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PLoS One. 2009 Sep 16;4(9):e7046. doi: 10.1371/journal.pone.0007046.

Ligand modulated antagonism of PPARgamma by genomic and non-genomic actions of PPARdelta.

Author information

1
Biomedical Research Institute, University of Dundee, Ninewells Hospital and Medical School, Dundee, United Kingdom. Mattias.Gustafsson@med.lu.se

Abstract

BACKGROUND:

Members of the Peroxisome Proliferator Activated Receptor, PPAR, subfamily of nuclear receptors display complex opposing and overlapping functions and a wide range of pharmacological and molecular genetic tools have been used to dissect their specific functions. Non-agonist bound PPARdelta has been shown to repress PPAR Response Element, PPRE, signalling and several lines of evidence point to the importance of PPARdelta repressive actions in both cardiovascular and cancer biology.

METHODOLOGY/PRINCIPAL FINDINGS:

In this report we have employed transient transfections and luciferase reporter gene technology to study the repressing effects of PPARdelta and two derivatives thereof. We demonstrate for the first time that the classical dominant negative deletion of the Activation Function 2, AF2, domain of PPARdelta show enhanced repression of PPRE signalling in the presence of a PPARdelta agonist. We propose that the mechanism for the phenomenon is increased RXR heterodimerisation and DNA binding upon ligand binding concomitant with transcriptional co-repressor binding. We also demonstrated ligand-dependent dominant negative action of a DNA non-binding derivative of PPARdelta on PPARgamma1 signalling. This activity was abolished upon over-expression of RXRalpha suggesting a role for PPAR/cofactor competition in the absence of DNA binding.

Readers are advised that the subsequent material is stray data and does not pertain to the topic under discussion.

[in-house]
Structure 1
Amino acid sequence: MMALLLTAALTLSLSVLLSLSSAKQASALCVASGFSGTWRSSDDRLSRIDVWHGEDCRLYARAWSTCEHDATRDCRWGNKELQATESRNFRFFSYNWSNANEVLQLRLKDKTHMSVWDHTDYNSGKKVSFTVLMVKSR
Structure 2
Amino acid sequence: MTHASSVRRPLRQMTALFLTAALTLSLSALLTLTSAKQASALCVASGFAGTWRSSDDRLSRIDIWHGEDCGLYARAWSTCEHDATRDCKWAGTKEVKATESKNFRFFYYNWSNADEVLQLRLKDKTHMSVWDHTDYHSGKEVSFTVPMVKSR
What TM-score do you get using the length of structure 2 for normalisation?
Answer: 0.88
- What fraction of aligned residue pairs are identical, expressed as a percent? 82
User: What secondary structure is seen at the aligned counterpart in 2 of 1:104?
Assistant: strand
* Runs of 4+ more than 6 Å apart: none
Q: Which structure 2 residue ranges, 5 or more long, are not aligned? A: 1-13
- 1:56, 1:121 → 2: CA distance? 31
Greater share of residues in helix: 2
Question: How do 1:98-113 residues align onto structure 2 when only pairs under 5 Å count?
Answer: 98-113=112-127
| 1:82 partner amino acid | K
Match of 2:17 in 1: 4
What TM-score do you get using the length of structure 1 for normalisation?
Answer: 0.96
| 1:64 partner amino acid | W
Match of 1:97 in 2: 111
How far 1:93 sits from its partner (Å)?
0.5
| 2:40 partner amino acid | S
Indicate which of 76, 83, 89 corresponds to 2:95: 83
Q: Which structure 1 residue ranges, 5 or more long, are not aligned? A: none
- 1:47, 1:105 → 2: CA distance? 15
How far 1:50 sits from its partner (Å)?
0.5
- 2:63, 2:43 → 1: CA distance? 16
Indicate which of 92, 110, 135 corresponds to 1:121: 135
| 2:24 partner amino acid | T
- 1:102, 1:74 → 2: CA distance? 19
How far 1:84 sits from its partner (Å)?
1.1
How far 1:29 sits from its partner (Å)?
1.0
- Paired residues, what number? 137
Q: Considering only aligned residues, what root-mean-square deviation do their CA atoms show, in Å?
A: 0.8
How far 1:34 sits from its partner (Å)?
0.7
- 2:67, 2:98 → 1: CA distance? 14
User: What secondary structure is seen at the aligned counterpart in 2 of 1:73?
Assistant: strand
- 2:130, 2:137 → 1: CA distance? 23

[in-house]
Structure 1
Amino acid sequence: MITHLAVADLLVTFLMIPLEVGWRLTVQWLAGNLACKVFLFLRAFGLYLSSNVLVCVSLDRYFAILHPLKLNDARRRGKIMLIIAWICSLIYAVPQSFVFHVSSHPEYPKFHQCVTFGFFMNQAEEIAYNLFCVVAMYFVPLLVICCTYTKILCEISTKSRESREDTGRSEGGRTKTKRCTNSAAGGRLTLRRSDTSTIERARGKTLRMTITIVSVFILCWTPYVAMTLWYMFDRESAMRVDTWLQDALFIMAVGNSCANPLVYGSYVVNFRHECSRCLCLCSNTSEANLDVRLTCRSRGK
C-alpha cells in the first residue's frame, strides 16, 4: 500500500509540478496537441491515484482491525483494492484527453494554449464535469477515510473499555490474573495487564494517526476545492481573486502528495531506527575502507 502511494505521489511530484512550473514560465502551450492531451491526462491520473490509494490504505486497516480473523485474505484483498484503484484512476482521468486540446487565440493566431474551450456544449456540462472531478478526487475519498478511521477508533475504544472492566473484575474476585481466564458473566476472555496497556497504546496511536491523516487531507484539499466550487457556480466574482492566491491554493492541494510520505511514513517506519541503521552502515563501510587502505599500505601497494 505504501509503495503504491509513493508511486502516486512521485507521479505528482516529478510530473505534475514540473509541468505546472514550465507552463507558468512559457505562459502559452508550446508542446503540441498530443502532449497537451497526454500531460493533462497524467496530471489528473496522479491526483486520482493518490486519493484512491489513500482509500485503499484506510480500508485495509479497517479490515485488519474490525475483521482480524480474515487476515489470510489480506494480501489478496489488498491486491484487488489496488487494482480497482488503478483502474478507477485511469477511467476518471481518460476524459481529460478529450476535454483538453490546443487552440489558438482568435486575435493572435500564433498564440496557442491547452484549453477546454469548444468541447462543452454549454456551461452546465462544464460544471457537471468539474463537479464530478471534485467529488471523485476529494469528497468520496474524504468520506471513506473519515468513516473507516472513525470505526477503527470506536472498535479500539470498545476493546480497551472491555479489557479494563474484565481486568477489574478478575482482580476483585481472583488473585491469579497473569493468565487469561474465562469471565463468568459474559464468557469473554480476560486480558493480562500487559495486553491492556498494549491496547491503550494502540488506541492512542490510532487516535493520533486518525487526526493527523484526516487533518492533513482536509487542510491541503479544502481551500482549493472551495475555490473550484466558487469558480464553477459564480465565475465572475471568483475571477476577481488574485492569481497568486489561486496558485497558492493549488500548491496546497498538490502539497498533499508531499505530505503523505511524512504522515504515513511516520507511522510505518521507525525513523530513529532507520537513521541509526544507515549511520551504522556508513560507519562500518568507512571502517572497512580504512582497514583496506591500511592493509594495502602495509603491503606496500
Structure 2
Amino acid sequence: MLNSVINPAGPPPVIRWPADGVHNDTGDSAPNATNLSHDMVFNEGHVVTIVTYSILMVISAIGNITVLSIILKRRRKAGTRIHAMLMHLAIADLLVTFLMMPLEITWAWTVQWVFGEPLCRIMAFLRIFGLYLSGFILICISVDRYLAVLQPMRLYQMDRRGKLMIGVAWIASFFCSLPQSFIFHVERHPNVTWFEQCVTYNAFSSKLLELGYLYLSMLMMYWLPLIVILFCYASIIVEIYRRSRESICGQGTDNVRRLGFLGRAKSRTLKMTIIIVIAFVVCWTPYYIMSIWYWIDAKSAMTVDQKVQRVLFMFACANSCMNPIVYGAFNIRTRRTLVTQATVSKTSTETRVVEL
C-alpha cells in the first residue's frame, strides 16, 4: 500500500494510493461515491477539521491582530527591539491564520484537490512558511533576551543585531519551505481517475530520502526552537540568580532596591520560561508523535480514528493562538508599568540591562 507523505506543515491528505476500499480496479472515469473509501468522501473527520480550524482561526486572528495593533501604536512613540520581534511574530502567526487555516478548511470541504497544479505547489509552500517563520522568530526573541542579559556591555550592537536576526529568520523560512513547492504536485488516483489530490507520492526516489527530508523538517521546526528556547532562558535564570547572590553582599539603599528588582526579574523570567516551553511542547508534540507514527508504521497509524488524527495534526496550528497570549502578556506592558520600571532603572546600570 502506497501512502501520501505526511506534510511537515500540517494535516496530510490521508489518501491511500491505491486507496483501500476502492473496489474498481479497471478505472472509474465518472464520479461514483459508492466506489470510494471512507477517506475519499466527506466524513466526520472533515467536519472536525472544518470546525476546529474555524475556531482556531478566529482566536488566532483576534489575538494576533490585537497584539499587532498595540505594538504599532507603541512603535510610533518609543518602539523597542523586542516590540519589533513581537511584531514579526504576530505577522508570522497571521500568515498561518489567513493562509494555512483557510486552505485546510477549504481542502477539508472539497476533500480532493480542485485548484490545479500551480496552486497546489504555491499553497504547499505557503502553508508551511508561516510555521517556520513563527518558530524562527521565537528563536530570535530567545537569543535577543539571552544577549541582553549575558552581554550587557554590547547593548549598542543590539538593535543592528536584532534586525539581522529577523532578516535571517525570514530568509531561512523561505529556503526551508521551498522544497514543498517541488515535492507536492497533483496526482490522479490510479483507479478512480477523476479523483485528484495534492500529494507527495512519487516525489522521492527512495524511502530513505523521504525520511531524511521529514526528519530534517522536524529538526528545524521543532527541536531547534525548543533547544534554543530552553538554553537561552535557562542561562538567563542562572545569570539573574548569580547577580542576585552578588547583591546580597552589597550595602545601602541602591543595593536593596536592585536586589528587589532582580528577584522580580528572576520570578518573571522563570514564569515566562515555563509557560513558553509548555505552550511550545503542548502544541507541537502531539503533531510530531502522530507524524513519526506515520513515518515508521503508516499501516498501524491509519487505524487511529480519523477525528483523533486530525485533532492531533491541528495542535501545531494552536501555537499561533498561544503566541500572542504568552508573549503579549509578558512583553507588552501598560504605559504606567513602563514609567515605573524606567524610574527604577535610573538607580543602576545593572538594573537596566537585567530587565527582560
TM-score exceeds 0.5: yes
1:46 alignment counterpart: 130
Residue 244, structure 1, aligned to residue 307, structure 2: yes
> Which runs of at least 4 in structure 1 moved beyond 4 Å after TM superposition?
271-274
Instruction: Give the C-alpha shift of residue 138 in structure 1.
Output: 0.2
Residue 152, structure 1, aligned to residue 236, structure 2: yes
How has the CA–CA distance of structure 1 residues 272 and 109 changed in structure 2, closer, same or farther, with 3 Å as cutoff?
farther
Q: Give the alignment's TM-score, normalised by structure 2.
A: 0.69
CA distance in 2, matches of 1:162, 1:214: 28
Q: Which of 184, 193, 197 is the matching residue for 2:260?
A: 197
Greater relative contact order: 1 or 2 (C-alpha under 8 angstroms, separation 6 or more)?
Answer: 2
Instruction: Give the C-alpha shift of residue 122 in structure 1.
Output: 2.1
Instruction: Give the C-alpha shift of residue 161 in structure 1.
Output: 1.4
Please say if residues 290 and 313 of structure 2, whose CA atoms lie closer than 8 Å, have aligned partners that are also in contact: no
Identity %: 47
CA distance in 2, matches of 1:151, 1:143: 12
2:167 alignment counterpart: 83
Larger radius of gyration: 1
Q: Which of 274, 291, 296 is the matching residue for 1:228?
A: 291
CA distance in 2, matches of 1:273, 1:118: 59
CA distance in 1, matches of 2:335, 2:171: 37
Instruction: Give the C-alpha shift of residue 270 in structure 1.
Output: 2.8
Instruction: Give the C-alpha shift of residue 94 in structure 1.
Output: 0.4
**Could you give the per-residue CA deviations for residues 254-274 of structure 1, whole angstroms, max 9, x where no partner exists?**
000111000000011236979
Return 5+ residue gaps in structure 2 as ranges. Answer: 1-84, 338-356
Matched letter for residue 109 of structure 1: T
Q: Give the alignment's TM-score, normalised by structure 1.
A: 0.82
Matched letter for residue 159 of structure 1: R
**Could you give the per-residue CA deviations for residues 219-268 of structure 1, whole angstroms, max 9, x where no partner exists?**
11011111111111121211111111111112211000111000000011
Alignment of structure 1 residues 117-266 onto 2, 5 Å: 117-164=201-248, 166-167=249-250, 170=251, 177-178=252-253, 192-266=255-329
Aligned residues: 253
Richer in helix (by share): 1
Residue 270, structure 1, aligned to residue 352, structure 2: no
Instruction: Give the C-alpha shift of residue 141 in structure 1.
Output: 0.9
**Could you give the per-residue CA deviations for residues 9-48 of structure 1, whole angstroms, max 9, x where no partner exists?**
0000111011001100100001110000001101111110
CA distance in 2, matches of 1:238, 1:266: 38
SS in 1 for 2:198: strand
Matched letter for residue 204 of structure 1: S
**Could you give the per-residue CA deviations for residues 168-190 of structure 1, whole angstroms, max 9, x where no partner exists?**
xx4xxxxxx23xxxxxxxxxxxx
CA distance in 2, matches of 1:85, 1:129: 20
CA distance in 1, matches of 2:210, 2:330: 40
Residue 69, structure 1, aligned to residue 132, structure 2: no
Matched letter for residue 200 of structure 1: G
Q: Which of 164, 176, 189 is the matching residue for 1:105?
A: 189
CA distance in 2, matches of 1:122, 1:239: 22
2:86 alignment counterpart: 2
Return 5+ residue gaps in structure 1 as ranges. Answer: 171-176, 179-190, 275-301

CONCLUSIONS/SIGNIFICANCE:

These findings are important in understanding the wide spectrum of molecular interactions in which PPARdelta and PPARgamma have opposing biological roles and suggest novel paradigms for the design of different functional classes of nuclear receptor antagonist drugs.

PMID:
19756148
PMCID:
PMC2737640
DOI:
10.1371/journal.pone.0007046
[Indexed for MEDLINE]
Free PMC Article
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